The scale of corruption in Kenya is revolting. In 2010, the Kenyan government admitted that it could be losing nearly one-third of the national budget to corruption. Finance ministry officials told a parliamentary committee that the losses were circa Ksh. 332 billion  ($4 billion) a year. Let me break this down for you.  With Ksh.332 billion we could build 10 Thika superhighways and keep some change. Ksh. 332 billion was double our education budget in 2010. With Ksh. 332 billion we could put enough well paid teachers in our schools, get agriculture working and employ enough policemen to keep us safe on the streets and in our homes.

Xi Jinping, China’s new president has made curbing government excess a central part of his ideology. Does the Jubilee government have the nerve to fight corruption? Or will it breed and nourish new graft barons just like past regimes? 

Sunday, July 7, 2013

Impacts of Climate Change and the Cost of Inaction


It is July 9, 2113. The mean global temperature has increased by 4 degrees Celsius above pre-industrial levels. Reason? One hundred years ago world leaders failed to pay attention to urgent warnings to curb emissions of heat-trapping carbon dioxide. The concentration of carbon dioxide today is 800 parts per million, compared to 400 parts per million in 2013.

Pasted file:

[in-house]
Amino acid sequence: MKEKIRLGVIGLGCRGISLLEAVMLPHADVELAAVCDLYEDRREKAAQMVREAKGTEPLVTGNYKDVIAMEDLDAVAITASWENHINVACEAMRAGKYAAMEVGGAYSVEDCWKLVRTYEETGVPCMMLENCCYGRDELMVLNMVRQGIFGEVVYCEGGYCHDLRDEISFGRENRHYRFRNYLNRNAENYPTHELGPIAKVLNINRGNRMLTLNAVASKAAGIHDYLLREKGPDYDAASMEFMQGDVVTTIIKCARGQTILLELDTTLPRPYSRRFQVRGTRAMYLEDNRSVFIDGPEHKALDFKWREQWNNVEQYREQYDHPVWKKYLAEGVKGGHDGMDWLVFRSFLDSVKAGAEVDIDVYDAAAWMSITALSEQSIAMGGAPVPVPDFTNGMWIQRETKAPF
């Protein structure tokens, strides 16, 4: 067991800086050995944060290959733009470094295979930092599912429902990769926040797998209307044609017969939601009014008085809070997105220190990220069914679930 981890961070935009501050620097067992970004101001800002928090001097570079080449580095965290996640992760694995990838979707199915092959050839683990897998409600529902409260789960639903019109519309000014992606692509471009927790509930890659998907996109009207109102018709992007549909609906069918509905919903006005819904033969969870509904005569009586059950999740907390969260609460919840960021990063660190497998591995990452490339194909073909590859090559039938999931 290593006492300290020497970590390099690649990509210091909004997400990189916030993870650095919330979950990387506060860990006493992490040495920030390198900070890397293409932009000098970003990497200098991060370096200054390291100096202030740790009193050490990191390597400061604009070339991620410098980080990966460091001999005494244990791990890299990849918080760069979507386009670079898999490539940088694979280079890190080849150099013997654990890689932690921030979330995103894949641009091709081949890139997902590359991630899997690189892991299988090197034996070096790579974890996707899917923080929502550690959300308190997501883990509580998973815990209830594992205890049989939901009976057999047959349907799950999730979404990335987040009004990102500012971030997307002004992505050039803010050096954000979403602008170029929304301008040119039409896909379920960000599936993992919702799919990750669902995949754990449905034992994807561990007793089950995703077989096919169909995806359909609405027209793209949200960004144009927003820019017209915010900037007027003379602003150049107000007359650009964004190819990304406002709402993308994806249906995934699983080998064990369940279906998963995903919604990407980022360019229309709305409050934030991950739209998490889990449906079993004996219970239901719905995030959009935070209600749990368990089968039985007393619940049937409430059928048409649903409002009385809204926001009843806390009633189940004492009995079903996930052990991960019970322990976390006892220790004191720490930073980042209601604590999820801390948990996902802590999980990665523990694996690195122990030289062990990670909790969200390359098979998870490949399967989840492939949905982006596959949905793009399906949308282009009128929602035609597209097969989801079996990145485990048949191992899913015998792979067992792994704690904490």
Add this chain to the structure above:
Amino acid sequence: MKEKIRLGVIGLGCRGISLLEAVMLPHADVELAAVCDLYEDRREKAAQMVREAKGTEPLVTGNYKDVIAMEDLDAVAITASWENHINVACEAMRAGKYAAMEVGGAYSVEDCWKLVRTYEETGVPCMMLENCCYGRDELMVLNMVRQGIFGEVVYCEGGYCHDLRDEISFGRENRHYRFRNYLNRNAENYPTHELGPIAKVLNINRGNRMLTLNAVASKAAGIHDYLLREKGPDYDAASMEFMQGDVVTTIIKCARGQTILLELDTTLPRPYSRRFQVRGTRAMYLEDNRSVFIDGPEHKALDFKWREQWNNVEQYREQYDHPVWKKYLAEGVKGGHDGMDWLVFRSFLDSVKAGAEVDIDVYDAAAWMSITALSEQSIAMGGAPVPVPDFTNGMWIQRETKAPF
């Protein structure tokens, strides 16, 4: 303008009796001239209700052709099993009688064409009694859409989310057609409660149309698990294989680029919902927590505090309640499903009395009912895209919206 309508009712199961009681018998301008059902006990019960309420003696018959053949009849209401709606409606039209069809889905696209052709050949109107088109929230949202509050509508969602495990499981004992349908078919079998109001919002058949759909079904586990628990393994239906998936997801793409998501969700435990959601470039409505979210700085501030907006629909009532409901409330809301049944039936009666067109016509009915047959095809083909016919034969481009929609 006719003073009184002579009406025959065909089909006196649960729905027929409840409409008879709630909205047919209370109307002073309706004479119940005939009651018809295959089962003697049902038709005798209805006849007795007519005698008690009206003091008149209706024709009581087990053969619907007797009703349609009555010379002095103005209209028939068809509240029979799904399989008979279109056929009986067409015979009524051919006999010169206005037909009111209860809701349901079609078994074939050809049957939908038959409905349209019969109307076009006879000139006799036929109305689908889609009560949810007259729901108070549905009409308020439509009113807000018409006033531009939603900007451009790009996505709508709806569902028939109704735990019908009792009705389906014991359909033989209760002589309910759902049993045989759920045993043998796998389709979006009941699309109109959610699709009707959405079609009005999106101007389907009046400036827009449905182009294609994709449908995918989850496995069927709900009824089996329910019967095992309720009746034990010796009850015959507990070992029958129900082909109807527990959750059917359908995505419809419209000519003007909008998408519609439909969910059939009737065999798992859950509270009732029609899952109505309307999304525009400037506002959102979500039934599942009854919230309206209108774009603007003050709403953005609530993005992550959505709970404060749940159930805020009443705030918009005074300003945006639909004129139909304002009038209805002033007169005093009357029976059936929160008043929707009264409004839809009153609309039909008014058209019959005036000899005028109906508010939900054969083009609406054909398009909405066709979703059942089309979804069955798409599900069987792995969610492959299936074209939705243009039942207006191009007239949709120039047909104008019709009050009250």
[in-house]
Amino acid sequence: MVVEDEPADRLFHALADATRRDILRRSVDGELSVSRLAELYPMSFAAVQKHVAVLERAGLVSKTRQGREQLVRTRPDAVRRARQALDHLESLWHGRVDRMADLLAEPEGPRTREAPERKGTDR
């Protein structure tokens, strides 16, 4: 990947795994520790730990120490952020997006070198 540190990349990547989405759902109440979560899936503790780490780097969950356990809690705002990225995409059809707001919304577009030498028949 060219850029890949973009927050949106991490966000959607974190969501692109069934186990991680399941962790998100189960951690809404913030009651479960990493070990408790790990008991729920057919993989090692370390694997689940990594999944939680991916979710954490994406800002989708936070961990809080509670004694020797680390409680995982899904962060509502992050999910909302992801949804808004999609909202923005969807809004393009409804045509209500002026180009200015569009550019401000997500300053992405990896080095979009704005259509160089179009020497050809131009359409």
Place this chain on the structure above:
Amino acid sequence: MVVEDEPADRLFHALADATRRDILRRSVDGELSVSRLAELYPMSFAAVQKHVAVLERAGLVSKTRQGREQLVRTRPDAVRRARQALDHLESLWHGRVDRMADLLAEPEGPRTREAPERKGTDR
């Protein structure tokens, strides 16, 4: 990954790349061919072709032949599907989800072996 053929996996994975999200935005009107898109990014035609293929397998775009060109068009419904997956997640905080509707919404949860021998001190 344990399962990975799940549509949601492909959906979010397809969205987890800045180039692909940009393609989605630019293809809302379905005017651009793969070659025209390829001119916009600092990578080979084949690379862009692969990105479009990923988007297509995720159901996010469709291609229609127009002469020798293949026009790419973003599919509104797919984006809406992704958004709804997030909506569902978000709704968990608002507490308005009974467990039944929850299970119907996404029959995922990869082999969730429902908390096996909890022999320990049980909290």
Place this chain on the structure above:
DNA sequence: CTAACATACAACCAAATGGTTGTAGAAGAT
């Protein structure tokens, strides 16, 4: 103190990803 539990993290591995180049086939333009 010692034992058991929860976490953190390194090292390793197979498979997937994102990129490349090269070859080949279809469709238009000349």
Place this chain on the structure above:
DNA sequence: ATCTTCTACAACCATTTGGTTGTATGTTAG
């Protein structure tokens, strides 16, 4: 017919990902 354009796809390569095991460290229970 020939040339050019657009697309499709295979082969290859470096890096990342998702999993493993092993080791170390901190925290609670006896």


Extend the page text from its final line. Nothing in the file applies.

Yesterday, July 8, 2113, the United Nations declared that global food reserves are dangerously low. Marine fisheries have crushed; agriculture in sub-Saharan Africa has collapsed under prolonged drought, pests, heat stress and flooding. Vector-borne diseases chronically debilitate billions of people. Billions of people are pouring across national borders, displaced by extreme weather. Billions more are hungry and infirm. East Africa’s savannah based tourism has collapsed because high carbon dioxide fertilization favored a shift from grassland to woodland. The Islands of Pemba and Zanzibar have recently disappeared, including the booming economies of Mombasa and Dar es Salaam.
A new report, Turn Down the Heat: Climate Extremes, Regional Impacts, and the Case for Resilience, prepared for the World Bank by the Potsdam Institute of Climate Research and Climate Analytics reveals that mean global temperatures could increase by 2 degrees Celsius in the next 20 to 30 years. As a consequence, the likelihood of 4 degree Celsius warming being reached by 2100 has increased.
In sub-Saharan Africa, climate-related extreme events could reverse economic and social progress, pushing hundreds of millions below the poverty line. High temperatures and moisture stress will affect food security adversely. The report reveals that by 2030, 40% of current maize cropping will no longer be suitable for today’s varieties. There are indications that yields could decrease by 15-20% across all crops.